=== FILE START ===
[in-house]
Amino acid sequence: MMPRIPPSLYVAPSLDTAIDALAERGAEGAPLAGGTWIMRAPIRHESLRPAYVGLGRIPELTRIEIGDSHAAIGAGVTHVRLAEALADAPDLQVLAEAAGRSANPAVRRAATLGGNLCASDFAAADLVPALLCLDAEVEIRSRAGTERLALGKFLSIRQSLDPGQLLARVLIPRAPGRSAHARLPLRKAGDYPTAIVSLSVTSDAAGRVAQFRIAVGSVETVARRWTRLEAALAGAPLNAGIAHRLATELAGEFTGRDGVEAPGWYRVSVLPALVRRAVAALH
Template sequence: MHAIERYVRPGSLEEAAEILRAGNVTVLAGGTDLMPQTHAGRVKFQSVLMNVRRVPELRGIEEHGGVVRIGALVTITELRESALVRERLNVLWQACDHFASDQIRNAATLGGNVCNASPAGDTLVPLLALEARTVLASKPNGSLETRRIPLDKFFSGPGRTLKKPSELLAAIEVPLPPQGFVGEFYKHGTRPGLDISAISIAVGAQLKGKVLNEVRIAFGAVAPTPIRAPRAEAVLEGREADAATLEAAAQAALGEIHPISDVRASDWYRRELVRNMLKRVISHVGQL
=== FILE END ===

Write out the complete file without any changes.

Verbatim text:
[in-house]
Amino acid sequence: MMPRIPPSLYVAPSLDTAIDALAERGAEGAPLAGGTWIMRAPIRHESLRPAYVGLGRIPELTRIEIGDSHAAIGAGVTHVRLAEALADAPDLQVLAEAAGRSANPAVRRAATLGGNLCASDFAAADLVPALLCLDAEVEIRSRAGTERLALGKFLSIRQSLDPGQLLARVLIPRAPGRSAHARLPLRKAGDYPTAIVSLSVTSDAAGRVAQFRIAVGSVETVARRWTRLEAALAGAPLNAGIAHRLATELAGEFTGRDGVEAPGWYRVSVLPALVRRAVAALH
Template sequence: MHAIERYVRPGSLEEAAEILRAGNVTVLAGGTDLMPQTHAGRVKFQSVLMNVRRVPELRGIEEHGGVVRIGALVTITELRESALVRERLNVLWQACDHFASDQIRNAATLGGNVCNASPAGDTLVPLLALEARTVLASKPNGSLETRRIPLDKFFSGPGRTLKKPSELLAAIEVPLPPQGFVGEFYKHGTRPGLDISAISIAVGAQLKGKVLNEVRIAFGAVAPTPIRAPRAEAVLEGREADAATLEAAAQAALGEIHPISDVRASDWYRRELVRNMLKRVISHVGQL